Will US consulates accept a birth certificate for my child if the birth certificate format is revised by law, but my child has an older format of birth certificate?

It turns out every decade the format for birth certificate changes.Thus I wonder if we (non-US citizen parents not residing in US ) can renew our US citizen's child's passport at US embassy, if birth certificate we have belongs to an older format ?

2 Answers 2


Birth certificate format is determined by state (or territory) law, so there are more than 50 formats at any one time. If any state or territory changes its format every ten years, or on any other schedule, it is to combat fraud. The important factor is whether the format is correct given the purported date of issue, not whether it is the same format that is currently being used. This is the same as with the paper money issued by the federal reserve: it remains valid forever.

Another thing to think about: if the point of the changing design was to limit the validity of individual documents, it's not a very good way to do that. The proper way to achieve that end is to provide the document with an expiration date. Birth certificates don't generally have expiration dates.

The only questions asked by the consulate will be whether it is genuine, possibly including the question of whether it's the correct form for the date of issue (if they have a way of finding that information), and whether it is signed by the right person.

  • Why is a birth certificate needed at all when a passport has been previously issued and is presented with the renewal application? Is this different for underage children? Commented Nov 21, 2020 at 7:50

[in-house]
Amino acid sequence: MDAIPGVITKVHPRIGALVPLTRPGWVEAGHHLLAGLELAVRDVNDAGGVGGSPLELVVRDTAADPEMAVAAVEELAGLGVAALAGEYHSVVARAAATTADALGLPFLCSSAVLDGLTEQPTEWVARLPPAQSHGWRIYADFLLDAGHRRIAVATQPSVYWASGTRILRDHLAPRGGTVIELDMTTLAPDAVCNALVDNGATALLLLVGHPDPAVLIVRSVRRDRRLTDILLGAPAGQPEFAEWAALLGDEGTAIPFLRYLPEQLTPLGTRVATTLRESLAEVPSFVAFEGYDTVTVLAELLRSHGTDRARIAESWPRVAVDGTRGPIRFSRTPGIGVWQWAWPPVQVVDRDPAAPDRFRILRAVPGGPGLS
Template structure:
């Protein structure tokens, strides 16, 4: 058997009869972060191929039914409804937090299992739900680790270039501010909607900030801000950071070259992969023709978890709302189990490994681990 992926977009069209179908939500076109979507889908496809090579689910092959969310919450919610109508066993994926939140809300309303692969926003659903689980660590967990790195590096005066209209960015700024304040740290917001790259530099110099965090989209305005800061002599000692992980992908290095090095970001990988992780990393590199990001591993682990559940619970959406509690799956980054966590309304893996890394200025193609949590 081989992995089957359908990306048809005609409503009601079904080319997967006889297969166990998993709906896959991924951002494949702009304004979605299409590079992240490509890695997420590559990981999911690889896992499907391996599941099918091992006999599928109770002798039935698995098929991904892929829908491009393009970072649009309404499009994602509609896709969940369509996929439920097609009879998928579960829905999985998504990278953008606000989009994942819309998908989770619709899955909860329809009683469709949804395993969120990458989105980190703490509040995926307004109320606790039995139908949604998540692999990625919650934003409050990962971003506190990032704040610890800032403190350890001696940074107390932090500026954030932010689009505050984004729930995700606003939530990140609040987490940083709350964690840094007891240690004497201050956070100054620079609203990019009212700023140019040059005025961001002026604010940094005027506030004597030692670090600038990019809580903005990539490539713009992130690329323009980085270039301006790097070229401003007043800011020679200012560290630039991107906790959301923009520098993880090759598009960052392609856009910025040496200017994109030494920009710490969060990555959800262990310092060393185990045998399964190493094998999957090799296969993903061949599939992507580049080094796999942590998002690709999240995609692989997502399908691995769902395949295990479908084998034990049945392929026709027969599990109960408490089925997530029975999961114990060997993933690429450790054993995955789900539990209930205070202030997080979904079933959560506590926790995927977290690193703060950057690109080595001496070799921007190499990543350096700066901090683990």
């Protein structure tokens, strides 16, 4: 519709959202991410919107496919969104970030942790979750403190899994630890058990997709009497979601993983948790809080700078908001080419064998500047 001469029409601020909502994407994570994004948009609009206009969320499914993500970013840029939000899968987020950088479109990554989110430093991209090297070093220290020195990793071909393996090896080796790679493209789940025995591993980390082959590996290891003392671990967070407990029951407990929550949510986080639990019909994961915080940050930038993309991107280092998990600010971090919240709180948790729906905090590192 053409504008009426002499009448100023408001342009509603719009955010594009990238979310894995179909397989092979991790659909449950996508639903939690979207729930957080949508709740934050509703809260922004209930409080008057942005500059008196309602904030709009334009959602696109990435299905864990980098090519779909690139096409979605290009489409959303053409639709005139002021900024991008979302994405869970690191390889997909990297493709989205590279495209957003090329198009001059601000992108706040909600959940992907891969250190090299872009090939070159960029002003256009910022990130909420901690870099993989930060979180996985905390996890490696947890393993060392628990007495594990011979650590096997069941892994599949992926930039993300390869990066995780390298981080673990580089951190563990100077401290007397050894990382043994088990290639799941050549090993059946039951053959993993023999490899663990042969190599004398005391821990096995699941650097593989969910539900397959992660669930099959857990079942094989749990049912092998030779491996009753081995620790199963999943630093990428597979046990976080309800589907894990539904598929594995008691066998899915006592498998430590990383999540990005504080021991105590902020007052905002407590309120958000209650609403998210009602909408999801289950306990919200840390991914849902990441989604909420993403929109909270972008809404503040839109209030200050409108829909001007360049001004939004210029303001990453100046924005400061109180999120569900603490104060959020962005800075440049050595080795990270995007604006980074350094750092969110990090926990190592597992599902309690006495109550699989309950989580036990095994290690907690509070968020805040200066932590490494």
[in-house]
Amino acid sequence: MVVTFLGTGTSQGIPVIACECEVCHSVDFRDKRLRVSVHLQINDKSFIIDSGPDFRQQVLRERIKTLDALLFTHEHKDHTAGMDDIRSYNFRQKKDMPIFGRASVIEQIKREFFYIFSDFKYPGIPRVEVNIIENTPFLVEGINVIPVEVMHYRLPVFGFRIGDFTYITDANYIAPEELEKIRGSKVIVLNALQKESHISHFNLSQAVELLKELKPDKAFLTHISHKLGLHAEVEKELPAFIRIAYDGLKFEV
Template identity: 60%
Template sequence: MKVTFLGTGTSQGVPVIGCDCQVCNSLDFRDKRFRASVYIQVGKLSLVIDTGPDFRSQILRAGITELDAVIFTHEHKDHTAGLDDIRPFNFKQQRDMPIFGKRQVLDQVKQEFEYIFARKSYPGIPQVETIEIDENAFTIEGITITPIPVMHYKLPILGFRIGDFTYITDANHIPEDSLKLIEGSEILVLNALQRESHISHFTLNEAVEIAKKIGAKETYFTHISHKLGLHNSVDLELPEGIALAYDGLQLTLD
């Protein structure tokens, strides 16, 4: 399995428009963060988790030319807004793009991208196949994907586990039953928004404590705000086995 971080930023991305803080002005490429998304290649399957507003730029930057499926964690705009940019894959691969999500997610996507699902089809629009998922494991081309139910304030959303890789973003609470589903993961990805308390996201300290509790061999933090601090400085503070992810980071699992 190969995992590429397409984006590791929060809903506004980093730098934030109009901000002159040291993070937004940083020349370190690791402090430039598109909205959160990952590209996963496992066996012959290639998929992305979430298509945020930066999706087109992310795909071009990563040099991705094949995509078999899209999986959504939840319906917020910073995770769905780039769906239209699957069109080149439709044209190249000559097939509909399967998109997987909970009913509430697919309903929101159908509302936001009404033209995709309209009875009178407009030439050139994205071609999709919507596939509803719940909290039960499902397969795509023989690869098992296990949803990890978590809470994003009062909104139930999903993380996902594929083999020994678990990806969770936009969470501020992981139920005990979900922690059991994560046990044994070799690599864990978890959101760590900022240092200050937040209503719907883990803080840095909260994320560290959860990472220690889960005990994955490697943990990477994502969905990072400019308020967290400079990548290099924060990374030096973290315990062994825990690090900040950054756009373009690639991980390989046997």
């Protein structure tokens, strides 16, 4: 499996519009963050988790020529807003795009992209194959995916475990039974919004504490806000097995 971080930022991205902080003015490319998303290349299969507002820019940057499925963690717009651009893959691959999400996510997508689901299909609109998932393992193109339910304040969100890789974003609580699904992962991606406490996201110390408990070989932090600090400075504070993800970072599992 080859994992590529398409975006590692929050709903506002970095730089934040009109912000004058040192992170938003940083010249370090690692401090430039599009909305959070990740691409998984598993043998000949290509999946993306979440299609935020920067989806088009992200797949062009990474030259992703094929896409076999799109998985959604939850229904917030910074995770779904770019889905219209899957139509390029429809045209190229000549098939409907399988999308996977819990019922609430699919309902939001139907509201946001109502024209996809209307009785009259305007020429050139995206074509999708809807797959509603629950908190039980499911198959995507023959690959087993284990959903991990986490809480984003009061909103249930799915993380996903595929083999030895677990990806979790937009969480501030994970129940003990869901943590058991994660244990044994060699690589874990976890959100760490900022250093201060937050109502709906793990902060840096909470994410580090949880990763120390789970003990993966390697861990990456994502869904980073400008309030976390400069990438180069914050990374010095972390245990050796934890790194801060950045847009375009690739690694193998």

• This page says that the renewal for those under 16 must be done in person, but an expired passport may be used as ID. Commented Nov 22, 2020 at 2:40

As @phoog stated, a change in format does not matter as long as the certificate contains the required information, and is genuine. The only exception I've heard of is Puerto Rico birth certificates issued before July 1, 2010; Puerto Rico has required replacement of these due to security lapses with the older certificate.

Over the years states have offered certificates with varying amount of information, everything from every bit of information they have on file to a really short certificate. Sometimes the really short ones cost less than the longer ones.

The information the US State Department currently requires is

  • Lists applicant’s full name, date of birth, and place of birth
  • Lists parent(s)’ full names
  • Has the signature of the city, county, or state registrar
  • Has the date filed with registrar's office (must be within one year of birth)
  • Has the seal of issuing authority

I don't know exactly what the State Department counts as a full name, but in the US, when dealing with state and local government, I have often been able to list just my first and last name when a form required a "full name".

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